Discovering one instance of fraud triggered Aviva to submit another referral to the IFED, highlighting a false claim which was previously missed by the insurer

Michael Smith, 47, of Goring Road, Southgate, has been sentenced to two years’ imprisonment and 120 hours of unpaid work for making bogus car insurance claims based on collisions and theft in a bid to fraudulently gain around £25,000.

Smith was sentenced at the Central Criminal Court today (17 August 2022), where he was also suspended from driving for 18 months and ordered to pay £6,318.78 in compensation and costs.

The fraudster previously pleaded guilty to three counts of fraud by false representation on Wednesday 1 June 2022 at Westminster Magistrates Court.

Detective constable Justin Hawes, from the City of London Police’s Insurance Fraud Enforcement Department (IFED), said: “It seems that Smith thought he was on to a winner by buying damaged vehicles from salvage car dealers and using them to claim for damage and theft on his insurance. He even went so far as to change his name to enable his fraudulent plot.

“Thanks to the stringent checks made by the insurers and their collaborative work with us, we were able to stop Smith from defrauding the companies out of around £25,000.”

The first fraud

Smith took out a three-day car insurance policy for a Toyota Rav-4 in the name of Michael Gold on 29 September 2019.

On the final day of the policy, Smith called his insurer to report his car had skidded in the rain and hit a tree earlier that day in Chelmsford.

He claimed significant damage to the front of the vehicle and that he had a nosebleed and headache because of the crash.

The car was picked up by a vehicle recovery company on the same day and taken into storage.

Smith then amended a separate existing policy taken out with Aviva to cover the same Toyota Rav-4 on 22 October 2019.

Two days later, Smith reported to the insurer that his car had been stolen overnight from outside his home address.

During the call, he confirmed that he had purchased the vehicle on the day he amended his policy.

Aviva was later notified by a car auction company that they were already storing a Toyota Rav-4 with the same number plate in relation to a claim with another insurer.

Aviva attended the storage site where the car had been held for three months and confirmed that this same vehicle could not have been stolen.

Smith, meanwhile, provided Aviva with a copy of the receipt – showing that he had purchased the vehicle from a lettings company on the day his policy was amended.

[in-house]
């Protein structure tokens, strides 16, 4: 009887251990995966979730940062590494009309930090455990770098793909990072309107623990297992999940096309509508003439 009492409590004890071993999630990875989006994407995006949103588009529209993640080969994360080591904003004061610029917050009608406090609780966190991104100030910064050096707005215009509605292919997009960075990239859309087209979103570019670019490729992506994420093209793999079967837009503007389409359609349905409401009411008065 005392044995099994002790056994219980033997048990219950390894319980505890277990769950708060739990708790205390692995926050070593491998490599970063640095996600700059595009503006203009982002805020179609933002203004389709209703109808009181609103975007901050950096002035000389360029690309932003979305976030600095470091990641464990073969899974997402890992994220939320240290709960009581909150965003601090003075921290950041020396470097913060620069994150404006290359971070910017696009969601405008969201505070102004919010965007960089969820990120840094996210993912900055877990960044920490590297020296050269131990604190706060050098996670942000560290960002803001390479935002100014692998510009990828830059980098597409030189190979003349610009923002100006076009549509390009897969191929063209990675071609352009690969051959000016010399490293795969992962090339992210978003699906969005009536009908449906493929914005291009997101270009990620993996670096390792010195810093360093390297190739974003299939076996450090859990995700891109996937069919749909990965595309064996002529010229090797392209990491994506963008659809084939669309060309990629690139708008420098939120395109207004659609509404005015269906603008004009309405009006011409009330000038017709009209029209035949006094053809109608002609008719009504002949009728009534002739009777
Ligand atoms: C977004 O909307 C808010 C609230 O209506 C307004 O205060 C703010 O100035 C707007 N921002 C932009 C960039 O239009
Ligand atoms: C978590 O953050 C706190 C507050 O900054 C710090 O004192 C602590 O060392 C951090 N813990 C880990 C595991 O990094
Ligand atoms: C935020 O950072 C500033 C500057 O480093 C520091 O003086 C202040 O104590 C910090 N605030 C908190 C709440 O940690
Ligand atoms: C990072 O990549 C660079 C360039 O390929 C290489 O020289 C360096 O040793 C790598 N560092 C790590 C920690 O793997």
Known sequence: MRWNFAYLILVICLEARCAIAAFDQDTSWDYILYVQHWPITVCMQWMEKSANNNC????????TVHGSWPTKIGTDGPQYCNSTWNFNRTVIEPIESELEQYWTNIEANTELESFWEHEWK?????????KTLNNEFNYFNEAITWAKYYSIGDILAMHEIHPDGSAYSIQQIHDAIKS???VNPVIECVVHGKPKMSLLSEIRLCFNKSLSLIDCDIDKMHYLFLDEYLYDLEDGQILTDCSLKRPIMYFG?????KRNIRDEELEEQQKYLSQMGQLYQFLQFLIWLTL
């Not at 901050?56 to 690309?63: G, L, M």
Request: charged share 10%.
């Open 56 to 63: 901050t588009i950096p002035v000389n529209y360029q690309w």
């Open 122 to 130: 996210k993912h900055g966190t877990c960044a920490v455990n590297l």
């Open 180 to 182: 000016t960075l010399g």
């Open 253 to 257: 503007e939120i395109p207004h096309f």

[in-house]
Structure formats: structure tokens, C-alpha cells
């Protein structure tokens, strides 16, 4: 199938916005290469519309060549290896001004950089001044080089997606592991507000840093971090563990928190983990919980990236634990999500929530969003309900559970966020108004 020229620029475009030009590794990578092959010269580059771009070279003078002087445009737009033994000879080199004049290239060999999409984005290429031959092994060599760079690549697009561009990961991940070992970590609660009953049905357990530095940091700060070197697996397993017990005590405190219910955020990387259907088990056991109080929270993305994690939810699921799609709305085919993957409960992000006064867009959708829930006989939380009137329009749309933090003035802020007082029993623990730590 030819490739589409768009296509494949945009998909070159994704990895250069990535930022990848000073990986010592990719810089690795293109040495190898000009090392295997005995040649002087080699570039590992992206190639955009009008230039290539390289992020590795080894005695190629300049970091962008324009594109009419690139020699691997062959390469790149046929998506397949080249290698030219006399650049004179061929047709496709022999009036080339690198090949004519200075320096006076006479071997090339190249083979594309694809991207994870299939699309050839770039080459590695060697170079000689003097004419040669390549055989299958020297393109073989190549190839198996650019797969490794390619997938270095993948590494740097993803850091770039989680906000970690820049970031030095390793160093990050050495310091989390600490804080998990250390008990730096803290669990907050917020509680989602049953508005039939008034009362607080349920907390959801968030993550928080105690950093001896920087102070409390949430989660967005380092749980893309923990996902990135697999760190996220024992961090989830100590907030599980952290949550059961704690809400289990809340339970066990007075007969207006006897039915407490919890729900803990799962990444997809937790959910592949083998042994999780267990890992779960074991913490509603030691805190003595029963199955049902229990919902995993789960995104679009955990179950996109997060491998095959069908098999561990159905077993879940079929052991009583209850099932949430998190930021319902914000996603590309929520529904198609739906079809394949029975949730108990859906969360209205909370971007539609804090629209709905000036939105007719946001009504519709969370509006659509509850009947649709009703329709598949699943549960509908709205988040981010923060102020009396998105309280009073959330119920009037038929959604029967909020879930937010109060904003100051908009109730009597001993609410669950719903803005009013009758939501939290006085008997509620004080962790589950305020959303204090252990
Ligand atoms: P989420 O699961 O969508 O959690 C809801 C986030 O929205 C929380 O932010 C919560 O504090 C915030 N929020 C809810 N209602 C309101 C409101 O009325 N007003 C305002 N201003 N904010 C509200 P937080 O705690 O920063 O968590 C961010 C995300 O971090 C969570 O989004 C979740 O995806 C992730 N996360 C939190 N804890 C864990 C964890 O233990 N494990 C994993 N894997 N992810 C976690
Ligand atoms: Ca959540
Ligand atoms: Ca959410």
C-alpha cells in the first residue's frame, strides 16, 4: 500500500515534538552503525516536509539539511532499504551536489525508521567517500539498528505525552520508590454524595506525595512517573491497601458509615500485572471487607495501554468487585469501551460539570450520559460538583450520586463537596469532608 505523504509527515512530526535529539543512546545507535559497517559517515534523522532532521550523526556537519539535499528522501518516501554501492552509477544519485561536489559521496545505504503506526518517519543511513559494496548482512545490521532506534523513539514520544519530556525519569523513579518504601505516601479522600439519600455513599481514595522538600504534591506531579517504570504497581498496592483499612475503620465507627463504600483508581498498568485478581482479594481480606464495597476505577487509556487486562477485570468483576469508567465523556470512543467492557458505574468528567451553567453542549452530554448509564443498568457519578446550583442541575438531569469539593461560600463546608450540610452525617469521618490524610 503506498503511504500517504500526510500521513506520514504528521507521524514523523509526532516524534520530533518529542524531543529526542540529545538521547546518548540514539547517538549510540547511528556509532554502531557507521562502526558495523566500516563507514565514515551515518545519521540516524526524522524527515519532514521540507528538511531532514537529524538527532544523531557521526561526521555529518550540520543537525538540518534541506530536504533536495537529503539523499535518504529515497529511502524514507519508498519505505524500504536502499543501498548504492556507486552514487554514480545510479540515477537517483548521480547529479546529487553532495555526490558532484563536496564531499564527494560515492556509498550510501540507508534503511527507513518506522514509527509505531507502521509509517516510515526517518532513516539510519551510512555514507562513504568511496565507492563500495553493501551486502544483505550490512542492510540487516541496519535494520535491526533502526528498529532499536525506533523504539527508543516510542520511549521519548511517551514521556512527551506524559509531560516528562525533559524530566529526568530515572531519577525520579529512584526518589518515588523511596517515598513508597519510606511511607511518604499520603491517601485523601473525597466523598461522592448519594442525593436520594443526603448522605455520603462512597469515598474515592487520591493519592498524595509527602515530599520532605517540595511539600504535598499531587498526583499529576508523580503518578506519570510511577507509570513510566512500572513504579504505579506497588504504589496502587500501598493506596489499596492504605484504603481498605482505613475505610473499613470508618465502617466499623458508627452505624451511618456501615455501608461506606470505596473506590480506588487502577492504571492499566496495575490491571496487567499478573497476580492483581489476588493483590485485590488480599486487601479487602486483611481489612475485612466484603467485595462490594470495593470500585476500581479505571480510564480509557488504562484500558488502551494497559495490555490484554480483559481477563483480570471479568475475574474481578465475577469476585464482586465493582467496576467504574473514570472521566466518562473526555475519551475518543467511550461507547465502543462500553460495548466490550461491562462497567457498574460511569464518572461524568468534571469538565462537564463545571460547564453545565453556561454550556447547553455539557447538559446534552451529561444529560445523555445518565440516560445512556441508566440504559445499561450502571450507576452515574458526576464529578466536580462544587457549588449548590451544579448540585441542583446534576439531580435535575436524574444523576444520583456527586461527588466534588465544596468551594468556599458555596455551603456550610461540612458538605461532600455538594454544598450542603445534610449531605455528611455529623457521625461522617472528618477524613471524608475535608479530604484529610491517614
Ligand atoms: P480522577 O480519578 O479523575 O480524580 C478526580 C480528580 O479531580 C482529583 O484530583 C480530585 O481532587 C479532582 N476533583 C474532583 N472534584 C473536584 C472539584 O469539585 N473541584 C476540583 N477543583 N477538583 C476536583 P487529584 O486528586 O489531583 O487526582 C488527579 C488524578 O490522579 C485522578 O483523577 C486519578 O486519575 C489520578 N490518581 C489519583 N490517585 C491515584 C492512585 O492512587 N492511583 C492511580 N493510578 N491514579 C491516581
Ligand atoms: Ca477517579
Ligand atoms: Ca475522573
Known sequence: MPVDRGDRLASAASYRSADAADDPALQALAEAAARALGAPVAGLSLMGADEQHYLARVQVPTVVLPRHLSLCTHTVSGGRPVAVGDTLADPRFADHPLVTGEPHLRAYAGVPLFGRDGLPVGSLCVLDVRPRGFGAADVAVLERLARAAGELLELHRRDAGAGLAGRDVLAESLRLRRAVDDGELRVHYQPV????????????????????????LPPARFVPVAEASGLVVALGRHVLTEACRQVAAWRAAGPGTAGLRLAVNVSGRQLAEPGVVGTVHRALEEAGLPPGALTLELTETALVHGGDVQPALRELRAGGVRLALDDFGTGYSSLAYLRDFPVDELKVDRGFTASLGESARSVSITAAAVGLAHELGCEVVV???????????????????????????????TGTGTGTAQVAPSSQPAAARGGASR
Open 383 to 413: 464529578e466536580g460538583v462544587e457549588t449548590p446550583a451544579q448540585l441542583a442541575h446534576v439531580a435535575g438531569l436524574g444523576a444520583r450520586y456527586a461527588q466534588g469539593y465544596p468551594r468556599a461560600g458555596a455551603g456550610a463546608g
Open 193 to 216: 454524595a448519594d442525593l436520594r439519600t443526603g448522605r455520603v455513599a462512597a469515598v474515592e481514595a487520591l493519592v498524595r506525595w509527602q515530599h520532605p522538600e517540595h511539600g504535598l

After both insurers made referrals for investigation, the IFED unit executed a warrant at Smith’s home – exposing evidence showing the vehicle in the names of both Smith and Gold.

The vehicle recovery company informed IFED that the Toyota Rav-4 had dust, damage and cobwebs upon collection and that the battery was dead – suggesting a lack of use.

The unit also traced the ownership of the car, which revealed it had been bought from a salvage car dealer on 29 September 2019 in a damaged state.

The lettings company, furthermore, confirmed they had never sold cars and the headed receipt was fake.

Exposing the fraud then triggered Aviva to make an additional referral for one of Smith’s earlier claims.

The second plot

On 20 August 2019, Smith amended his Aviva policy to cover a Mercedes-Benz.

The next day, Smith claimed he had been involved in a road traffic collision where significant damage to the vehicle had been caused and the airbags had been deployed.

Smith provided Aviva with proof of purchase for the Mercedes-Benz from the same lettings company he would later claim to have bought the Toyota Rav-4.

The car was then found by officers to have been damaged in a collision in May 2019 – proved by dash-cam footage.

The vehicle was subsequently passed onto a salvage car dealer and purchased by Smith in a damaged state on 16 August 2019.

Checks with the DVLA revealed Smith’s name on his driving recod had been changed five times.

During interview, Smith remained silent in response to all questions asked.

Carl Mather, special investigations unit manager at Aviva, said that “prompt collaboration and information sharing with external partners, coupled with some good old-fashioned leg work, quickly unravelled Mr Smith’s attempts to deceive his insurer”.